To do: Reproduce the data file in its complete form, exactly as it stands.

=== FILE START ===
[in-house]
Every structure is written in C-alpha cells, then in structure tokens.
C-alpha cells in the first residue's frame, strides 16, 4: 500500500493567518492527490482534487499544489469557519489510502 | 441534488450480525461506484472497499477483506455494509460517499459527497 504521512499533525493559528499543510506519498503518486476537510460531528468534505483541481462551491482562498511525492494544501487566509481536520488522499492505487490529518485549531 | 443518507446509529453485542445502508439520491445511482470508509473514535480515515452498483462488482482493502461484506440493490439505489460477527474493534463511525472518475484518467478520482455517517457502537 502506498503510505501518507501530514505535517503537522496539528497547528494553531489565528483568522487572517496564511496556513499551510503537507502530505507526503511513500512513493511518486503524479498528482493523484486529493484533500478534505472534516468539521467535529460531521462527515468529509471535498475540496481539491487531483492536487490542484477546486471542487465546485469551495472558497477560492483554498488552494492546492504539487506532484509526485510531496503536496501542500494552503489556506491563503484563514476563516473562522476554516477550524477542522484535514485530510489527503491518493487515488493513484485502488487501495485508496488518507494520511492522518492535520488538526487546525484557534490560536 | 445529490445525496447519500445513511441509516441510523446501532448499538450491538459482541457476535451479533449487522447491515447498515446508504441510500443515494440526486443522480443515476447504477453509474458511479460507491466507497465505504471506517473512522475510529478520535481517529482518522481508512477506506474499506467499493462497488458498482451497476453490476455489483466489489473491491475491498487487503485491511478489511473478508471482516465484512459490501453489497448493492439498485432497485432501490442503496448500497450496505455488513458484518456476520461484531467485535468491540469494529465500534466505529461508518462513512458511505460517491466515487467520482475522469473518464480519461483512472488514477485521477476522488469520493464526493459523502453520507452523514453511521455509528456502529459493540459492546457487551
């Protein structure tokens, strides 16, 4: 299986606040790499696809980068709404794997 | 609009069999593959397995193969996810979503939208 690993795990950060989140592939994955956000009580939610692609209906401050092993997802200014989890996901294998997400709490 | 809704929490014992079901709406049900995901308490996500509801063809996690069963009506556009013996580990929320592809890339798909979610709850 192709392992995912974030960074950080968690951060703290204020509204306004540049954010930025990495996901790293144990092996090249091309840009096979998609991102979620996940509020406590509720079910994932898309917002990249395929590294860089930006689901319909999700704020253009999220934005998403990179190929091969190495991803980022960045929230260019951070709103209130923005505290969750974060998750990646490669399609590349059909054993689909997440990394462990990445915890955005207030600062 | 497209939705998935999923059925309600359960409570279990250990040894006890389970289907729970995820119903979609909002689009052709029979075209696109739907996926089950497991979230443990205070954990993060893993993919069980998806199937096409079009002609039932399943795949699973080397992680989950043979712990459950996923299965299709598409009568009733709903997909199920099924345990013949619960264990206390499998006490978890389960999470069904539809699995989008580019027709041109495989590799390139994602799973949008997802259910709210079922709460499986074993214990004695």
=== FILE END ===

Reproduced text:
[in-house]
Every structure is written in C-alpha cells, then in structure tokens.
C-alpha cells in the first residue's frame, strides 16, 4: 500500500493567518492527490482534487499544489469557519489510502 | 441534488450480525461506484472497499477483506455494509460517499459527497 504521512499533525493559528499543510506519498503518486476537510460531528468534505483541481462551491482562498511525492494544501487566509481536520488522499492505487490529518485549531 | 443518507446509529453485542445502508439520491445511482470508509473514535480515515452498483462488482482493502461484506440493490439505489460477527474493534463511525472518475484518467478520482455517517457502537 502506498503510505501518507501530514505535517503537522496539528497547528494553531489565528483568522487572517496564511496556513499551510503537507502530505507526503511513500512513493511518486503524479498528482493523484486529493484533500478534505472534516468539521467535529460531521462527515468529509471535498475540496481539491487531483492536487490542484477546486471542487465546485469551495472558497477560492483554498488552494492546492504539487506532484509526485510531496503536496501542500494552503489556506491563503484563514476563516473562522476554516477550524477542522484535514485530510489527503491518493487515488493513484485502488487501495485508496488518507494520511492522518492535520488538526487546525484557534490560536 | 445529490445525496447519500445513511441509516441510523446501532448499538450491538459482541457476535451479533449487522447491515447498515446508504441510500443515494440526486443522480443515476447504477453509474458511479460507491466507497465505504471506517473512522475510529478520535481517529482518522481508512477506506474499506467499493462497488458498482451497476453490476455489483466489489473491491475491498487487503485491511478489511473478508471482516465484512459490501453489497448493492439498485432497485432501490442503496448500497450496505455488513458484518456476520461484531467485535468491540469494529465500534466505529461508518462513512458511505460517491466515487467520482475522469473518464480519461483512472488514477485521477476522488469520493464526493459523502453520507452523514453511521455509528456502529459493540459492546457487551
């Protein structure tokens, strides 16, 4: 299986606040790499696809980068709404794997 | 609009069999593959397995193969996810979503939208 690993795990950060989140592939994955956000009580939610692609209906401050092993997802200014989890996901294998997400709490 | 809704929490014992079901709406049900995901308490996500509801063809996690069963009506556009013996580990929320592809890339798909979610709850 192709392992995912974030960074950080968690951060703290204020509204306004540049954010930025990495996901790293144990092996090249091309840009096979998609991102979620996940509020406590509720079910994932898309917002990249395929590294860089930006689901319909999700704020253009999220934005998403990179190929091969190495991803980022960045929230260019951070709103209130923005505290969750974060998750990646490669399609590349059909054993689909997440990394462990990445915890955005207030600062 | 497209939705998935999923059925309600359960409570279990250990040894006890389970289907729970995820119903979609909002689009052709029979075209696109739907996926089950497991979230443990205070954990993060893993993919069980998806199937096409079009002609039932399943795949699973080397992680989950043979712990459950996923299965299709598409009568009733709903997909199920099924345990013949619960264990206390499998006490978890389960999470069904539809699995989008580019027709041109495989590799390139994602799973949008997802259910709210079922709460499986074993214990004695």